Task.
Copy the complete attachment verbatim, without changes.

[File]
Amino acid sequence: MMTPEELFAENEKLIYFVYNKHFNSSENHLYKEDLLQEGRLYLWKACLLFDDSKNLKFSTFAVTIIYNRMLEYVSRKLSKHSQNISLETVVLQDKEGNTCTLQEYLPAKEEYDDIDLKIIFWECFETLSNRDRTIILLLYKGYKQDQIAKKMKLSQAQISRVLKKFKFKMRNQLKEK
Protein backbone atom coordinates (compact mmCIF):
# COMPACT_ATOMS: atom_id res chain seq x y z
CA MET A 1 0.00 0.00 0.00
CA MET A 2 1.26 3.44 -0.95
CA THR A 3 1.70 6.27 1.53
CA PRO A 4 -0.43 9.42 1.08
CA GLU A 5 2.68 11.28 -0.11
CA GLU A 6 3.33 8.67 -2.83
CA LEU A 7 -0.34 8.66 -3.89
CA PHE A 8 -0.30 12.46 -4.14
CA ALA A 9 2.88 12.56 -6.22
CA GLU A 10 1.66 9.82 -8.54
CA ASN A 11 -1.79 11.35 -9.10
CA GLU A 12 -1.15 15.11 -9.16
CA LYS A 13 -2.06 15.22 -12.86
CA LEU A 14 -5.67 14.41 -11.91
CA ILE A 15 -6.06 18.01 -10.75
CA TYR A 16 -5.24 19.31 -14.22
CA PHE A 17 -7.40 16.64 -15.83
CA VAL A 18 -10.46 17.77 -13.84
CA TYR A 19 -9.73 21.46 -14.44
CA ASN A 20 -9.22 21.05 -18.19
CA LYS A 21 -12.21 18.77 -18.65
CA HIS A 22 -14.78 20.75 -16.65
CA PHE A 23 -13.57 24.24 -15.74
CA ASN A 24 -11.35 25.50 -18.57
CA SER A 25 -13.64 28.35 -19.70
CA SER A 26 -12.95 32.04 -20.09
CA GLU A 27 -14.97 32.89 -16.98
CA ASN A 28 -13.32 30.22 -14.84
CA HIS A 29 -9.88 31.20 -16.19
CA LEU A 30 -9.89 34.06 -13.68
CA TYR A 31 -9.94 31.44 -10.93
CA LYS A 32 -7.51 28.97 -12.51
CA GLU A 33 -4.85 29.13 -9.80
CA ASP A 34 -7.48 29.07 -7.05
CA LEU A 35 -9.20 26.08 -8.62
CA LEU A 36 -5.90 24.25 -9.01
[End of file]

Amino acid sequence: MMTPEELFAENEKLIYFVYNKHFNSSENHLYKEDLLQEGRLYLWKACLLFDDSKNLKFSTFAVTIIYNRMLEYVSRKLSKHSQNISLETVVLQDKEGNTCTLQEYLPAKEEYDDIDLKIIFWECFETLSNRDRTIILLLYKGYKQDQIAKKMKLSQAQISRVLKKFKFKMRNQLKEK
Protein backbone atom coordinates (compact mmCIF):
# COMPACT_ATOMS: atom_id res chain seq x y z
CA MET A 1 0.00 0.00 0.00
CA MET A 2 1.26 3.44 -0.95
CA THR A 3 1.70 6.27 1.53
CA PRO A 4 -0.43 9.42 1.08
CA GLU A 5 2.68 11.28 -0.11
CA GLU A 6 3.33 8.67 -2.83
CA LEU A 7 -0.34 8.66 -3.89
CA PHE A 8 -0.30 12.46 -4.14
CA ALA A 9 2.88 12.56 -6.22
CA GLU A 10 1.66 9.82 -8.54
CA ASN A 11 -1.79 11.35 -9.10
CA GLU A 12 -1.15 15.11 -9.16
CA LYS A 13 -2.06 15.22 -12.86
CA LEU A 14 -5.67 14.41 -11.91
CA ILE A 15 -6.06 18.01 -10.75
CA TYR A 16 -5.24 19.31 -14.22
CA PHE A 17 -7.40 16.64 -15.83
CA VAL A 18 -10.46 17.77 -13.84
CA TYR A 19 -9.73 21.46 -14.44
CA ASN A 20 -9.22 21.05 -18.19
CA LYS A 21 -12.21 18.77 -18.65
CA HIS A 22 -14.78 20.75 -16.65
CA PHE A 23 -13.57 24.24 -15.74
CA ASN A 24 -11.35 25.50 -18.57
CA SER A 25 -13.64 28.35 -19.70
CA SER A 26 -12.95 32.04 -20.09
CA GLU A 27 -14.97 32.89 -16.98
CA ASN A 28 -13.32 30.22 -14.84
CA HIS A 29 -9.88 31.20 -16.19
CA LEU A 30 -9.89 34.06 -13.68
CA TYR A 31 -9.94 31.44 -10.93
CA LYS A 32 -7.51 28.97 -12.51
CA GLU A 33 -4.85 29.13 -9.80
CA ASP A 34 -7.48 29.07 -7.05
CA LEU A 35 -9.20 26.08 -8.62
CA LEU A 36 -5.90 24.25 -9.01